On any given day politics and politicians, regardless of political leanings, have a unique ability to elicit a what the heck moment. President Obama make the cut for today’s moment by way of comparison with conservatives Mitt Romney, Herman Cain, Ronald Reagan, Steve Forbes, Bob Dole, Pat Buchanan and the notoriously corrupt Phil Gramm ( former Texas senator). The time Republicans embraced the Buffett Rule
It wasn’t long ago that top Republicans were appalled by the idea of giving super-rich investors a big tax break. Steve Kornacki writes something of a second part to an Ezra Klein post from a few months ago – Obama revealed: A moderate Republican. Obama and Congressional Democrats have implemented or tried to implement several public policy initiatives that conservatives supported….before Obama was president.
What does feel different, though, is how often we’ve heard Obama-era Republicans frantically sound the alarm over ideas that they themselves once embraced. The rendering of the individual healthcare mandate, a concept with deep conservative roots and one that numerous GOP member of Congress actively pushed for in the mid-1990s, as a jobs- and freedom-killing abomination is a good example of this.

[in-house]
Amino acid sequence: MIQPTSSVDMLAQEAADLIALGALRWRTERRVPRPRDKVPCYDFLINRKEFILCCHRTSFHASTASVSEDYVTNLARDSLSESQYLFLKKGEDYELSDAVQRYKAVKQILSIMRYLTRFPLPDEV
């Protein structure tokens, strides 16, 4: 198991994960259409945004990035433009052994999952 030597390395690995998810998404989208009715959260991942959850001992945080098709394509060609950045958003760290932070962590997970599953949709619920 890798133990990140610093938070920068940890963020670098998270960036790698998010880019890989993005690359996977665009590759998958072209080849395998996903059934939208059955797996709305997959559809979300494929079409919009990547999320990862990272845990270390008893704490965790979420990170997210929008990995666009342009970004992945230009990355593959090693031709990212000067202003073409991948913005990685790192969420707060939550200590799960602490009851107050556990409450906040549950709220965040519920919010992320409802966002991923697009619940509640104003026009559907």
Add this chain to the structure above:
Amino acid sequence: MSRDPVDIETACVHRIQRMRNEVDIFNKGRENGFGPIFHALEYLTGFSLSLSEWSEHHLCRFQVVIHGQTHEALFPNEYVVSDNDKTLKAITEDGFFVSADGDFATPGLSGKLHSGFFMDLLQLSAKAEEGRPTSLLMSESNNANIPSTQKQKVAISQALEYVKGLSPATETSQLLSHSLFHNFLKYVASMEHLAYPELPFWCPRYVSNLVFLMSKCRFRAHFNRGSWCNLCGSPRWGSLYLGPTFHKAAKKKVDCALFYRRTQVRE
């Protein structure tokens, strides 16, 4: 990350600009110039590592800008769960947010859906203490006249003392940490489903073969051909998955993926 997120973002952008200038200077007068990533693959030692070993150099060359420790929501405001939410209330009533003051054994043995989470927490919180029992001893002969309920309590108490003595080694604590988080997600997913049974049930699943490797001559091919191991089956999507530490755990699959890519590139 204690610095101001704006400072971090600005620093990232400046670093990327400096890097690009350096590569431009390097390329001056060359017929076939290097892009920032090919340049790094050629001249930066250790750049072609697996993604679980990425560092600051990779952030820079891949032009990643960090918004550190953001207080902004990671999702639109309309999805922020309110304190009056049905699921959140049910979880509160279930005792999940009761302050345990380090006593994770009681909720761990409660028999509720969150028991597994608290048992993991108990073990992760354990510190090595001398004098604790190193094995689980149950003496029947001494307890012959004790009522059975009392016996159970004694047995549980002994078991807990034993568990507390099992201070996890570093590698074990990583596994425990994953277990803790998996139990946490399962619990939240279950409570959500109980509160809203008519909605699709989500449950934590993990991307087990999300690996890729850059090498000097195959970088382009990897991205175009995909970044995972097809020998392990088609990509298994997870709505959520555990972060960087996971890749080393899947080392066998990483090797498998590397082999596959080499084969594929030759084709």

Another, as it turns out, involves tax fairness. The outcry from the right over Obama’s renewed insistence that the wealthiest Americans assume a slightly higher tax burden has been fierce and unrelenting.
[ ]…Case in point: Reagan’s campaign for tax reform in the mid-’80s, during which he blasted “crazy” and “unproductive” tax loopholes that “allow some of the truly wealthy to avoid paying their fair share.” A clip of the Gipper making that argument has been circulating online since last week.
[ ]…Forbes launched a lavish advertising campaign decrying the IRS and touting his own plan’s simplicity (you’d be able to do your taxes on a postcard!) while promising that it would unleash torrential economic growth. The idea, and Forbes, caught on. He began moving up in polling and attracting serious press coverage (like the Newsweek cover story that you see at the top of this piece). By January, he’d actually taken the lead in New Hampshire and had become a legitimate threat to win the nomination.
Which is when his fellow candidates started paying a lot more attention to him and to his flat tax plan. The attacks that they launched are notable in that they ran counter to just about everything the GOP now says about taxation and the wealthy and “class warfare.”